“If they hadn’t done that and somebody had drowned, there was no way Lough Neagh rescue would be able to come up the water to rescue anybody, so this is a life-or-death situation.

“DfI came out, I know councillor Molloy mentioned the blockage up at the old railway bridge, there was a blockage down at the Maghery Canal.

“Rivers Agency came out and looked at it, they told me ‘Yes, we’ll get that sorted’. And the next day [they said] ‘No, it’s not our concern, we’re not going to do it’.

“If somebody had fallen in and drowned, were they going to turn around and say ‘Sorry, it wasn’t our problem’?

“DfI have authority to look after this, it’s a statutory duty to do it, and we now have to write to [DfI Minister John O’Dowd] to try and bring that to his attention. I’m sure the minister will try to do his best to get this resolved.

“And then we have another council on the other side that aren’t really making an effort to do much on it.

“Mid Ulster is almost having to put their nose into another council area to try and get this sorted, and I think that says a lot about our council – it says a lot about a neighbouring council as well.

“I’m sure other party colleagues are the same, they’re talking with their colleagues in ABC Council to try and get a resolution to this, but the longer this goes on, the more chance of a tragedy happening.

“People need to get the finger out. DfI certainly need to get the finger out. I’m looking forward to the meeting with the minister, and hopefully going forward we get this issue resolved very quickly.”

Bringing the debate to an end, chair of committee, Councillor John McNamee (Sinn Féin, Cookstown DEA) said: “Thanks for raising these concerns, and I agree with the frustration. This has been going on for a long time now.”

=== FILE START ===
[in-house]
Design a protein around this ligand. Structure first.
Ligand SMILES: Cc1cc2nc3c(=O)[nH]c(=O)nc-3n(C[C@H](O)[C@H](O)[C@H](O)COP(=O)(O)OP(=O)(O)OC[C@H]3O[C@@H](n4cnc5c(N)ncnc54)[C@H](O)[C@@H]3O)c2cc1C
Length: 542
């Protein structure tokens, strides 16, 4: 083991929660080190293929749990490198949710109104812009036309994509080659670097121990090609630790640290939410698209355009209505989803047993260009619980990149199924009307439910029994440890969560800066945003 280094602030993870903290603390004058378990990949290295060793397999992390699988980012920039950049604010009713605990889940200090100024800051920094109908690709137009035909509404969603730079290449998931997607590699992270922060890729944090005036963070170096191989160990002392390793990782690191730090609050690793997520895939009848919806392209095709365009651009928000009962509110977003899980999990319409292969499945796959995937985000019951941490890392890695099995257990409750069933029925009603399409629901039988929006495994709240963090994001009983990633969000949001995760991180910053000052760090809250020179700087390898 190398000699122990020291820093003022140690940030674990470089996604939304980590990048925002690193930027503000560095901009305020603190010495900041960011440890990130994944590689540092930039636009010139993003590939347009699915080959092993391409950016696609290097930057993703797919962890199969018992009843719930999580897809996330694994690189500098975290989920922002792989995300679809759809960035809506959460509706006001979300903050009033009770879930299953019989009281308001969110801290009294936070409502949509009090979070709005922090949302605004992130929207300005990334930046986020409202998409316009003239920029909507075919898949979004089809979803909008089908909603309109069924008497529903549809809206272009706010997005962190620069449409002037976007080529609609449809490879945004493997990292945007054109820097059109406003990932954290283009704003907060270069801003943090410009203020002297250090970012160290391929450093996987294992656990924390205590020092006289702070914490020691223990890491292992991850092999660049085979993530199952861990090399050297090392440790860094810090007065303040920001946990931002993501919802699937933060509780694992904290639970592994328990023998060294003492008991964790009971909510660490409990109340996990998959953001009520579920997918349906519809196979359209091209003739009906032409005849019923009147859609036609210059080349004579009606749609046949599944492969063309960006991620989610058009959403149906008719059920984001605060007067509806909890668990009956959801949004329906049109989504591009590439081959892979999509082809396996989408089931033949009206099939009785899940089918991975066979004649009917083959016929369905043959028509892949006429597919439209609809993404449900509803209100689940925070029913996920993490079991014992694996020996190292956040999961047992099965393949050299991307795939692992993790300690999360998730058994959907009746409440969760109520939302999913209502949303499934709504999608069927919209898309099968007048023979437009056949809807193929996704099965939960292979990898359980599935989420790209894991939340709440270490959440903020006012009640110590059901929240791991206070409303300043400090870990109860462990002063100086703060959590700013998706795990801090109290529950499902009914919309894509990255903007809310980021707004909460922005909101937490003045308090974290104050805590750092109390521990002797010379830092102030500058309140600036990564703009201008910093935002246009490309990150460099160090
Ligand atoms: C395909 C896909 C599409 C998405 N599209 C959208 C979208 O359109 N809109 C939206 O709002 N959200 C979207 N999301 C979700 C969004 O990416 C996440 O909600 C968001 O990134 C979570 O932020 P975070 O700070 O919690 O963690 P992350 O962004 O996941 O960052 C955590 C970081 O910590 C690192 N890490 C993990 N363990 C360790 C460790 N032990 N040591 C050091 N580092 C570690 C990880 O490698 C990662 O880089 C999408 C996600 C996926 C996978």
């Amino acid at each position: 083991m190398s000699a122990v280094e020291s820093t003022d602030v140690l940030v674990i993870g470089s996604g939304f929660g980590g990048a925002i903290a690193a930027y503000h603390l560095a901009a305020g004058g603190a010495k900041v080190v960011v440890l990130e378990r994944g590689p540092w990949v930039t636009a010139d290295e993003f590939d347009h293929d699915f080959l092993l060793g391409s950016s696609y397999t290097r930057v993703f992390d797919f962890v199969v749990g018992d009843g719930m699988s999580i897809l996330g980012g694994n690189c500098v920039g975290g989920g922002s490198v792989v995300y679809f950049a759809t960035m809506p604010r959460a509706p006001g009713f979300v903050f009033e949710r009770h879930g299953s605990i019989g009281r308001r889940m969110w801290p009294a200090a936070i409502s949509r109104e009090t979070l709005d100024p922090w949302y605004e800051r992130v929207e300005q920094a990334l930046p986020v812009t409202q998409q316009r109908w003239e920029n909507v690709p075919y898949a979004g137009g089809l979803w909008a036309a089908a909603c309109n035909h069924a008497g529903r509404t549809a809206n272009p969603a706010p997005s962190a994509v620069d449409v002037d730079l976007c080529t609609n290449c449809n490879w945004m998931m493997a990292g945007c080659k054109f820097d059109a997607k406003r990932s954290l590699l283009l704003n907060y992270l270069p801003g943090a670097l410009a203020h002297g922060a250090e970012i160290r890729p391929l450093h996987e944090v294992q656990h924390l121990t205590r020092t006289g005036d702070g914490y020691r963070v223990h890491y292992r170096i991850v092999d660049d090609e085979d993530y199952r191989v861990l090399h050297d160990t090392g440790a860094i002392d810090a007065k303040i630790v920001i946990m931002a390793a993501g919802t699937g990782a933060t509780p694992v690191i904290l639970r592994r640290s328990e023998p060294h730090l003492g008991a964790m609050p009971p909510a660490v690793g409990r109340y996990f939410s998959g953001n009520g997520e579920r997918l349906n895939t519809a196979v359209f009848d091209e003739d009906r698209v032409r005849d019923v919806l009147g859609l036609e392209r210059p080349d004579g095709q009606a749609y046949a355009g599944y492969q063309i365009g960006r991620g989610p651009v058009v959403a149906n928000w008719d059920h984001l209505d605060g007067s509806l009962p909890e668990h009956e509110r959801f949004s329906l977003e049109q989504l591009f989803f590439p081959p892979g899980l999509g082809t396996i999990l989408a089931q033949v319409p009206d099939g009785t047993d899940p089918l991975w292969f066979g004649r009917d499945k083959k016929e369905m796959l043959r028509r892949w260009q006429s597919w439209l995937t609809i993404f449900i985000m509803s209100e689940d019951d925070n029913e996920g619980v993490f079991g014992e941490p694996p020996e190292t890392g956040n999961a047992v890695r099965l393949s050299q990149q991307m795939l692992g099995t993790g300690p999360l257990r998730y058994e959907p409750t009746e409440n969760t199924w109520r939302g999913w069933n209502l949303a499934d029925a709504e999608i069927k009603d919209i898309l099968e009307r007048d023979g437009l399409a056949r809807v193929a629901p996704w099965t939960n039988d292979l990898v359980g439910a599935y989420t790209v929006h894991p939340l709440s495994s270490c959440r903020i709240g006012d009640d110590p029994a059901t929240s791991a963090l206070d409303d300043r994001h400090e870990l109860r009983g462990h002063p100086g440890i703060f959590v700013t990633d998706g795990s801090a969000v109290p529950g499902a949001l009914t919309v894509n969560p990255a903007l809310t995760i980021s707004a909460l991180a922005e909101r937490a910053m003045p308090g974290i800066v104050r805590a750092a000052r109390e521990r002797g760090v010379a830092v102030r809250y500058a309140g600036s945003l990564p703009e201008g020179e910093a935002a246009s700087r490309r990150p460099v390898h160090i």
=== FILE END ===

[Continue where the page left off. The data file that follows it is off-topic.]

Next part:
In correspondence to Cllr Molloy, DfI Rivers acknowledged that the site of the blockage was inspected on March 13 – nine days after being alerted to it by the Mid Ulster representative – however they insisted that navigational issues are not within their remit.

The correspondence states: “Further to your email received in this office on March 4, in which you reported a potential blockage on the Blackwater River downstream of Bond’s Bridge at the old railway bridge.

“From a drainage aspect my comments are as follows. The Blackwater River was inspected by boat on the morning of March 13, and I can confirm that the debris at the old railway bridge support columns has been removed.

“The Department understands that this has been carried out by members of the public.

“From the drainage aspect DfI Rivers can confirm that there is no drainage impediment at this location, and no action is required by DfI Rivers.

“It should be noted that DfI Rivers has not remit to keep watercourses open for navigational purposes, nor to aid others in this endeavour. DfI River remit is as defined by the Drainage (Northern Ireland) Order 1973.”

Armagh City, Banbridge & Craigavon (ABC) Borough Council were contacted for a response, in light of Cllr Quinn’s comments, however they declined to comment.